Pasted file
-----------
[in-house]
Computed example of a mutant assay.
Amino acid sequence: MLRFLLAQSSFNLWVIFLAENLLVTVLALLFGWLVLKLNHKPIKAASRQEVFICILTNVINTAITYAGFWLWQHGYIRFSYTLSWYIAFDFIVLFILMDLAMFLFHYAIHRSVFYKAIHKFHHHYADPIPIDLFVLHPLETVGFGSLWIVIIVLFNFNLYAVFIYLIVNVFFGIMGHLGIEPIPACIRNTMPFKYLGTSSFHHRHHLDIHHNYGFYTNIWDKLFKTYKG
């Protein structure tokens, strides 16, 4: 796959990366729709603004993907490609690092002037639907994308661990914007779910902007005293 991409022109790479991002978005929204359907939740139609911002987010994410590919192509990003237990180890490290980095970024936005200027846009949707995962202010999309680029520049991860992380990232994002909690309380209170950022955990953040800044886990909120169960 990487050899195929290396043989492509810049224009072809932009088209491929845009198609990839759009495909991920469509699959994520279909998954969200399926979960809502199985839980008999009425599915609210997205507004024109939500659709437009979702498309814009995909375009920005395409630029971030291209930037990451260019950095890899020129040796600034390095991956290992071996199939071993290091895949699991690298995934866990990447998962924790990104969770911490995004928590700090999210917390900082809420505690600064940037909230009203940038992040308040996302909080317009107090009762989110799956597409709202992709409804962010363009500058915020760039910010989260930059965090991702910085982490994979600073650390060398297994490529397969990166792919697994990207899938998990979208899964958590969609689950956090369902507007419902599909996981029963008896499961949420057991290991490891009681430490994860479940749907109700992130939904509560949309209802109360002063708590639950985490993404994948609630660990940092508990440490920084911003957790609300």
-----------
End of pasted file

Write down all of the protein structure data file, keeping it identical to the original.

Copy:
[in-house]
Computed example of a mutant assay.
Amino acid sequence: MLRFLLAQSSFNLWVIFLAENLLVTVLALLFGWLVLKLNHKPIKAASRQEVFICILTNVINTAITYAGFWLWQHGYIRFSYTLSWYIAFDFIVLFILMDLAMFLFHYAIHRSVFYKAIHKFHHHYADPIPIDLFVLHPLETVGFGSLWIVIIVLFNFNLYAVFIYLIVNVFFGIMGHLGIEPIPACIRNTMPFKYLGTSSFHHRHHLDIHHNYGFYTNIWDKLFKTYKG
């Protein structure tokens, strides 16, 4: 796959990366729709603004993907490609690092002037639907994308661990914007779910902007005293 991409022109790479991002978005929204359907939740139609911002987010994410590919192509990003237990180890490290980095970024936005200027846009949707995962202010999309680029520049991860992380990232994002909690309380209170950022955990953040800044886990909120169960 990487050899195929290396043989492509810049224009072809932009088209491929845009198609990839759009495909991920469509699959994520279909998954969200399926979960809502199985839980008999009425599915609210997205507004024109939500659709437009979702498309814009995909375009920005395409630029971030291209930037990451260019950095890899020129040796600034390095991956290992071996199939071993290091895949699991690298995934866990990447998962924790990104969770911490995004928590700090999210917390900082809420505690600064940037909230009203940038992040308040996302909080317009107090009762989110799956597409709202992709409804962010363009500058915020760039910010989260930059965090991702910085982490994979600073650390060398297994490529397969990166792919697994990207899938998990979208899964958590969609689950956090369902507007419902599909996981029963008896499961949420057991290991490891009681430490994860479940749907109700992130939904509560949309209802109360002063708590639950985490993404994948609630660990940092508990440490920084911003957790609300």